4/26 Virginia History 4/25 Senate Chaplain 4/24 Library of Congress 4/23 Shakespeare 4/22 Trail of Tears 4/21 Mark Twain 4/20 David Brainerd 4/19 Patriots Day 4/18 William Brewster 4/17 Ben Franklin 4/16 Resurrection Day 4/15 Income Tax 4/14 Noah Webster 4/13 Thomas Jefferson 4/12 Leading to Civil War 4/11 Apollo 13 4/10 Salvation Army 4/9 Robert E Lee 4/8 Omar Bradley 4/7 DL Moody 4/6 WWI 4/5 John Adams and sons 4/4 Booker T. and MLK, Jr. 4/3 Man Without a Country 4/2 Samuel Morse 4/1 Battle of Okinawa 3/31 Missionaries to Hawaii 3/30 Lincoln Day of Fasting 3/29 John Tyler 3/28 Justice David Brewer 3/27 Alexis de Tocquevile 3/26 Harry Hosier/Richard Allen 3/25 African American Missionaries 3/24 Fighting Slavery 3/23 Patrick Henry 3/22 Jonathan Edwards 3/21 Bach 3/20 Isaac Newton 3/19 Battle of Lepanto 3/18 Johnny Appleseed 3/17 Saint Patrick 3/16 Madison 3/15 Reagan on Prayer 3/14 Albert Einstein 3/13 Susan B Anthony 3/12 Girl Scouts High and Low 3/11 Charles Sumner 3/10 William Penn 3/09 Merrimac v Monitor 3/08 Oliver Wendell Holmes 3/07 Boston blockaded 3/06 Henry Knox 3/05 Boston Massacre 3/04 Presidents Warnings 3/03 In God We Trust 3/02 Islam led to Renaissance 3/01 Articles of Confederation 2/29 Leap Day 2/28 Posterity 2/27 Longfellow 2/26 Victor Hugo 2/25 John Foster Dulles 2/24 Alamo 2/23 Panama Canal 2/22 George Washington 2/21 JQA 2/20 William Prescott 2/19 Adoniram Judson 2/18 John Bunyan 2/17 Billy Sunday 2/16 Jefferson v Islam pirates 2/15 Slavery History, and Cuba 2/14 Saint Valentines Day 2/13 Ivan the Terrible 2/12 Lincoln and Darwin 2/11 Lincoln warning 2/10 Montesquieu 2/9 William Henry Harrison 2/8 Boy Scouts Long Journey 2/7 Frederick Douglass 2/6 Ronald Reagan 2/5 Roger Williams 2/4 Bonhoffer 2/3 Four Chaplains Day 2/2 Mexican History 2/1 Julia Ward Howe 1/31 Jacob Duche 1/30 FDR 1/29 Robert Frost 1/28 Explorers circle Earth 1/27 Jewish Immigration 1/26 Douglas MacArthur 1/25 James Madison 1/24 Robert Boyle 1/23 History of Healthcare 1/22 Sanctity of Life 1/21 Ten Commandments 1/20 God in Inaugurals 1/19 Prayer is Constitutional 1/18 Daniel Webster warning 1/17 Battle of Cowpens 1/16 Religious Freedom Day 1/15 Martin Luther King Jr 1/14 Albert Schweitzer 1/13 James Oglethorpe 1/12 Edmund Burke 1/11 French Revolution 1/10 Bleeding Kansas 1/9 Communism Failure 1/8 Battle of New Orleans 1/7 Millard Fillmore 1/6 12th Day of Christmas 1/5 George W Carver 1/4 Smallpox in the Revolution 1/3 Battle of Princeton 1/2 Betsy Ross 1/1 Jeffersons Wall 12/31 Captains Daughter 12/30 India 12/29 The American Crisis 12/28 Armenia 12/27 Johannes Kepler 12/26 Battle of Trenton 12/25 Christmas Day 12/24 Christmas Eve 12/23 Hanukkah 12/22 Battle of the Bulge 12/21 Amazing Grace 12/20 Christmas Truce of 1914 12/19 Valley Forge 12/18 Hark the Herald Angels 12/17 Composers and Carols 12/16 Boston Tea Party 12/15 Bill of Rights 12/14 Washington died 12/13 Christmas Carols 12/12 Pennsylvania 12/11 Russia 12/10 Cuba 12/09 Russian Jews 12/08 So Help Me God 12/07 Pearl Harbor 12/06 St. Nicholas Traditions 12/05 Hugh Williamson 12/04 Pere Marquette-Founding Chicago 12/03 Indian Policies 12/02 Cortes Conquest of Mexico 12/01 Division Prior to Civil War 11/30 Mark Twain in Middle East 11/29 C.S. Lewis 11/28 Anti-Federalists 11/27 Israel and the Middle East 11/26 Western Civ. 11/25 Sojourner Truth, Harriett Tubman 11/24 Thanksgiving Days 11/24 John Knox 11/23 White House Christmas Tree 11/22 JFK 11/21 Pilgrims, Const. v Islam 11/20 Prayer in Schools 11/19 Gettysburg Address 11/18 Republic and Character 11/17 Queen Elizabeth I 11/16 My Country tis of thee 11/15 John Witherspoon 11/14 Booker T. and the Bible 11/13 Vietnam War 11/12 Pilgrims v. Communism 11/11 Veterans Day 11/10 Dr. Livingstone 11/8 Lewis and Clark 11/7 YMCA, Goodwill Industries 11/6 Billy Graham 11/5 Mercy Otis Warren 11/4 Charles Carroll 11/3 Who is the King 11/2 Newburgh Conspiracy 11/1 Presidents Churches 10/31 Reformation 10/30 John Adams 10/29 Great Depression 10/28 Statue of Liberty 10/27 Theodore Roosevelt 10/26 Right to Bear Arms 10/25 Grover Cleveland-Armenia 10/24 U.N. 10/23 Foreign Policy 10/22 Sam Houston 10/21 Horatio Nelson 10/20 Hoover on Middle East 10/19 End of Revolution 10/18 Star Chamber 10/17 Saratoga 10/16 War of Jenkins Ear 10/15 Concentrated Power 10/14 Founding Pennsylvania 10/13 Margaret Thatcher 10/12 Columbus 10/11 Plato 10/10 Marco Polo 10/9 Lewis Cass 10/8 Eddie Rickenbacker 10/7 Moravian Missionaries 10/6 Lees Lost Order 191 10/5 Great Awakening Colleges 10/4 Bibles in Military 10/3 First Natl Thanksgiving 10/2 Armenian Massacres 10/1 John Peter Muhlenberg 9/30 Great Awakening 9/29 Squanto 9/28 Louis Pasteur 9/27 Sam Adams 9/26 Daniel Boone 9/25 George Mason 9/24 John Marshall 9/23 John Paul Jones 9/22 Nathan Hale 9/21 James Kent 9/20 Fisher Ames 9/19 Washington Farewell 9/18 John Langdon 9/17 Constitution Day 9/16 Pilgrims set sail 9/15 Taft 9/14 Harvard 9/13 Francis Scott Key 9/12 Thomas Cooley 9/11 911 9/10 Joseph Story 9/9 California Missions 9/8 Jerusalem destroyed 9/7 Albania: A Hero; A Saint 9/6 Assyria 9/5 Labor Day 9/4 Fall of Rome 9/3 Great Riot of Istanbul 9/2 Pearl Harbor to Calvary 9/1 First Prayer in Congress 8/31 Pilgrims Progress 8/30 Benedict Arnold 8/29 Indian Policy 8/28 MLK & Booker T. 8/27 Brooklyn Heights Battle 8/26 Women Vote 8/25 Astronomer Herschel 8/24 Printing Press 8/23 Lake Erie Battle 8/22 FDR-Christian Religion 8/21 Justice Wilson 8/20 Francis Asbury 8/19 Signer Def. of Marriage 8/18 Judge Learned Hand 8/17 God in U.S. Military 8/16 Blackstone & Finney 8/15 Napoleon 8/14 V-J Day 8/13 H.G. Wells 8/12 God-50 State Constitution 8/11 Communist banning God 8/10 Herbert Hoover 8/9 Missionaries to Northwest 8/8 Political Scandals 8/7 Second Great Awakening 8/6 Alfred Lord Tennyson 8/5 King Philips War 8/4 Navy & Coast Guard 8/3 Islam & Columbus voyage 8/2 JFK 8/1 Herman Melville 7/31 Booker T. Washington 7/30 William Penn 7/29 de Tocqueville 7/28 Politics of Race 7/27 Korean War & Communism 7/26 Ben Franklin 7/25 Ulysses S. Grant 7/24 Tennessee History 7/23 Roger Sherman 7/22 Carl Sandburg 7/21 Scopes Monkey Trial 7/20 Communion on Moon 7/19 Winston Churchill 7/18 Battle of Wilderness 7/17 Apostle of Indies 7/16 God in Space 7/15 Congress Printed Bibles 7/14 Gerald Ford 7/13 Reign of Terror 7/12 George W. Carver 7/11 Alexander Hamilton 7/10 Bank War 7/9 Cholera Epidemic 7/8 Liberty Bell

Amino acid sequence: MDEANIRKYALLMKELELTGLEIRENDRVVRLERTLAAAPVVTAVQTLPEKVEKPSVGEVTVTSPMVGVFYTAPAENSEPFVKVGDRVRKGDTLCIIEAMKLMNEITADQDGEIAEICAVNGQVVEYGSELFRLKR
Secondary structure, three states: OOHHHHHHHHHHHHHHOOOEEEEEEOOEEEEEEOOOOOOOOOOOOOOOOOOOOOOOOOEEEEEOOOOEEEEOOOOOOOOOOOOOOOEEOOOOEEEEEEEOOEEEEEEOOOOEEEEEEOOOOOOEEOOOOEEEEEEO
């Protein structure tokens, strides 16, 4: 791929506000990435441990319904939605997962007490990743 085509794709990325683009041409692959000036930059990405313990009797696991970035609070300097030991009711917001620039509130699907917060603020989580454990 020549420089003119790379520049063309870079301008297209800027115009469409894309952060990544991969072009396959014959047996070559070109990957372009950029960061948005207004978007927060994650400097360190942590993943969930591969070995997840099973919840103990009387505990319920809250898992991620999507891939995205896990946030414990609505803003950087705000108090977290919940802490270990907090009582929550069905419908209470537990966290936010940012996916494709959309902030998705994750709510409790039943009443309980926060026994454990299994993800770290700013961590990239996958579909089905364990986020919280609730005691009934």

Past American Minutes

Click here to view


Watch Faith in History online

Click here to view


Faith of nations forefathers celebrated at Plymouth

Click here to view


Read More Articles ›

© 2017 AmeriSearch, Inc.   Unsubscribe

AMERICAN MINUTE© is written and copyrighted by William J. Federer. Permission is granted to reproduce with acknowledgement. AMERICAN MINUTE™ is a registered trademark.

Designed by:

Made by Diverge